Yet to step a foot inside, I’d already concluded that as Peruvian cuisine in London goes, Ceviche is as good as it gets. Not only was it the first of its kind in the UK, but to be frank, you don’t name your restaurant after a national dish unless you’re pretty-damn confident that the reality out-tastes the expectation.
The Venue and Atmosphere
Rubbing shoulders with the likes of Ronnie Scott’s Jazz Club and Bar Italia on Frith Street, Ceviche has earned its place amongst Soho royalty. 5 years down the line, owner Martin Morales now has four restaurants around London; a second Ceviche (Old Street), Casita Andina and Andina. Each inspired by Peruvian culture and serving an original menu.
The subdued exterior gives away nothing of the lively, almost celebratory, atmosphere inside the Soho branch. Guests are greeted by a shack-inspired entrance (complete with a tin ceiling and wooden panelling painted in their trademark sky blue) and the walls are decorated with a mish-mash of colourful Peruvian art work. The ‘more the merrier’ seating arrangement is split into two; the front bar for those just dipping in and out and a more relaxed restaurant space for those who want to linger and soak up a taste of the Latin American lifestyle.
The Food and Drink
Peruvian cuisine (a fusion of local produce and European and Asian influence) is all about big, bold flavours and staples such as corn, quinoa and potatoes. This is reflected in Ceviche’s tapas style menu, famed for its superfood salads, barbequed Anticucho and of course, their range of Ceviche.
You may not be familiar with all the ingredients on the menu, but here you can take a gamble and be assured that what arrives is exploding with flavour, vivid in colour and served with a touch of fine-dining flair. The Pulpo al Olivo (Marinated grilled octopus, lentils uchucuta and Peruvian black sauce) is all the above. The tentacle is juicy and plump and the grilled cooking method adds an extra edge. The bed of lentil uchucuta is a South American favourite and helps to fill out the dish which is finished off with a strikingly presented swoosh of tangy, purple sauce across the plate.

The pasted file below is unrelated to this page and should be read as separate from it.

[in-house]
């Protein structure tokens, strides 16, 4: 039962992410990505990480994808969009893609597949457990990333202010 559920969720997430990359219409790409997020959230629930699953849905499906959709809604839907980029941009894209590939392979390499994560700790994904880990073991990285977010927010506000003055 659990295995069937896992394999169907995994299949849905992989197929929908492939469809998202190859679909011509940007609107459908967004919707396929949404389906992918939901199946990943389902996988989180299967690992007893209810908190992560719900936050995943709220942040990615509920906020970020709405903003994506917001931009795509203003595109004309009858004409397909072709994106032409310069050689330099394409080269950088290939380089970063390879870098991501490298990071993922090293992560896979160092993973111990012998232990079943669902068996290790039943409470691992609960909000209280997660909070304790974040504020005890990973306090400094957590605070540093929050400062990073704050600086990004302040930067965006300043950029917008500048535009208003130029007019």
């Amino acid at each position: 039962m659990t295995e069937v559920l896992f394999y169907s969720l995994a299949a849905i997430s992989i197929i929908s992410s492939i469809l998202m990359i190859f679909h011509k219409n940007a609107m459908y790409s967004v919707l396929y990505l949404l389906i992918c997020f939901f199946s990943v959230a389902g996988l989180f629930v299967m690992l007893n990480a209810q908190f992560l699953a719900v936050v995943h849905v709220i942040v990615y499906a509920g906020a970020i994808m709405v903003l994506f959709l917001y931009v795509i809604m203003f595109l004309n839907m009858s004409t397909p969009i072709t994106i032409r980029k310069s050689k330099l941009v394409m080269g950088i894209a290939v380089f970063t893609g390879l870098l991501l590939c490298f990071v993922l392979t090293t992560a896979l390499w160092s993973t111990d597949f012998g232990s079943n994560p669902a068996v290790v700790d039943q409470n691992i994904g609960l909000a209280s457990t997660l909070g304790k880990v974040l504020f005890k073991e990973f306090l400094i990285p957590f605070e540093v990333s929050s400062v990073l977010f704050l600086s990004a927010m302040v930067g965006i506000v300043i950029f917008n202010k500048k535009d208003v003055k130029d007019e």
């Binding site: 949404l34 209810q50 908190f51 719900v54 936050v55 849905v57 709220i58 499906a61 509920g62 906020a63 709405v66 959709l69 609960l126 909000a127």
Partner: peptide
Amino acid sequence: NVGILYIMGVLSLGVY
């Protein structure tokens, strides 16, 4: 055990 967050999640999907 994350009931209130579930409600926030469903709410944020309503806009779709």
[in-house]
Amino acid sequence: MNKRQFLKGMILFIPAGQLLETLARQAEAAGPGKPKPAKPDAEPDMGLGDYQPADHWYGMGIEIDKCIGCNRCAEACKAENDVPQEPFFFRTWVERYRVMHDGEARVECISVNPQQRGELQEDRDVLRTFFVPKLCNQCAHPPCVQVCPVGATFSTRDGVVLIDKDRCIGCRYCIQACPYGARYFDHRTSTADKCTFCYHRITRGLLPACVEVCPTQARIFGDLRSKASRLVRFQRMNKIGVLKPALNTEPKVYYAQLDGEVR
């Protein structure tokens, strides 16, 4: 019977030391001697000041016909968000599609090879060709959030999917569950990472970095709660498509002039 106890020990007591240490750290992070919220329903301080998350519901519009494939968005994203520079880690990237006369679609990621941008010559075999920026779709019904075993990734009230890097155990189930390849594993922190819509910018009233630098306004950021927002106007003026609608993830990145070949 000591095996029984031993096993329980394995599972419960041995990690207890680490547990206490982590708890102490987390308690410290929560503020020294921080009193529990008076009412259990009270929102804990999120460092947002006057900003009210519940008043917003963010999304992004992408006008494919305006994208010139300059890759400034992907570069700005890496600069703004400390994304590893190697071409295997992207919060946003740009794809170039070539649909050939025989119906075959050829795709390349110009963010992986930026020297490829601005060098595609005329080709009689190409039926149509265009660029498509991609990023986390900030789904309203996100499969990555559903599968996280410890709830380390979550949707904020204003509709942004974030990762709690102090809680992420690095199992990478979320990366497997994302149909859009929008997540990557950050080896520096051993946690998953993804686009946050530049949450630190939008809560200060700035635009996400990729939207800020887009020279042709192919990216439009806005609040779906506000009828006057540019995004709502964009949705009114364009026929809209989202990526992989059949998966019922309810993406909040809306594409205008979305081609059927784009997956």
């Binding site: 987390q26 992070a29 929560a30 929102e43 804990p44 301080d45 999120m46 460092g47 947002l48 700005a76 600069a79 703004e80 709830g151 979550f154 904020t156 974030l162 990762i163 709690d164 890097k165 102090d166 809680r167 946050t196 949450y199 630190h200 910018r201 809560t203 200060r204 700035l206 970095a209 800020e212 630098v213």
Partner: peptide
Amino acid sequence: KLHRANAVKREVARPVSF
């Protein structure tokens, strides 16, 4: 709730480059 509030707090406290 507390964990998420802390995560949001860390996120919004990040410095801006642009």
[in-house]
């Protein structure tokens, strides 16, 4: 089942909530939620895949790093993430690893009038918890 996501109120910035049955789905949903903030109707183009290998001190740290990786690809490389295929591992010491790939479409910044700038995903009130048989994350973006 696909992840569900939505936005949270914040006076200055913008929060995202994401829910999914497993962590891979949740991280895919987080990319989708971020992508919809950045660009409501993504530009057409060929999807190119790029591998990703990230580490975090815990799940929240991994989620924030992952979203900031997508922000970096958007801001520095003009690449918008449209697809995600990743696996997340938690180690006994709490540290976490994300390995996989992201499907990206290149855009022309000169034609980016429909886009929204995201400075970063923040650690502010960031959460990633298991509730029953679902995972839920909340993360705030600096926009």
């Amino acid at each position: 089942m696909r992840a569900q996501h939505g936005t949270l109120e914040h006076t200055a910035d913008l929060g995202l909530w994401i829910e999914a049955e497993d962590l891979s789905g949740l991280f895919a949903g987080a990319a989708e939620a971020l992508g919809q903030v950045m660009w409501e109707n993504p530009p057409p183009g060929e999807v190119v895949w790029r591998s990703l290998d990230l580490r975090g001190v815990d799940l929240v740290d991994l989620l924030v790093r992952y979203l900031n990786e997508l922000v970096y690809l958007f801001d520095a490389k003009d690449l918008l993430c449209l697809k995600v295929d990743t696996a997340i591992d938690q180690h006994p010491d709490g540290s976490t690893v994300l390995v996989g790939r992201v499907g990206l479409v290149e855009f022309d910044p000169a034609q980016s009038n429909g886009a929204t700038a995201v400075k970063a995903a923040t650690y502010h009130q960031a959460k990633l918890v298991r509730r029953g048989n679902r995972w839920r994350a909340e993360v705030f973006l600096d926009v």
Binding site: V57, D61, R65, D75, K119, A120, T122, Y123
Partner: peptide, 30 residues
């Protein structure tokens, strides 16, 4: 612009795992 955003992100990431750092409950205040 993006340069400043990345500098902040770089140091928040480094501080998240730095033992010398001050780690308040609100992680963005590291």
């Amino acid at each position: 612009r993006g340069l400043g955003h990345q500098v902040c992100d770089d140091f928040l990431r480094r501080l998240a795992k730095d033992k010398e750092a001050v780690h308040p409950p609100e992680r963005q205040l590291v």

The Causa Sensación (yellowfin tuna tartar, Peruvian olive sauce, nori flakes) acts as the perfect side dish for those looking for a small bite to accompany a Pisco or two. The generous portion of silky tuna is deliciously complemented by a creamy, potato base. The Japanese influence is apparent with the appetisers styled like nigiri sushi and finished off with nori flakes.
The main attraction though is the range of Ceviche dishes, created at the in-house bar which invites customers to watch the food being prepared. For those not yet familiar with Peru’s most popular cuisine, Ceviche is a seafood dish in which the raw fish cooks from contact with citrus juices rather than heat. The menu offers 6 variations, the most popular being the Don Ceviche (sea bass, amarillo chilli tiger’s milk, limo chilli, sweet potato, red onion) which keeps a continual flow of customers through the door. The creation is bursting with a fusion of sharp, zesty flavours and from the crisp sweet potato to the soft chunks of fresh Sea Bass offers a textural contrast in every bite. Priced at a very reasonable £8, the dish has left me craving more and telling everyone who will listen about my new food-obsession.
Not only has Ceviche sparked this country’s interest in what Peruvians eat, but their drinking habits too. Under the same roof is Europe’s first dedicated Pisco bar, serving up wide range of in-house Pisco infusions and cocktails. The house classic Pisco Sour (Sol de Plata quebranta pisco, lime, sugar syrup, egg white, Peruvian Chuncho bitters) is the lightest, fluffiest sour I’ve ever tasted yet packs as sharp, sweet punch.
Subtly isn’t a word that you’ll hear associated with Ceviche. The flavours are bold, the presentation is enchanting and the passion for Peruvian culture shines through every drink, dish and smile served.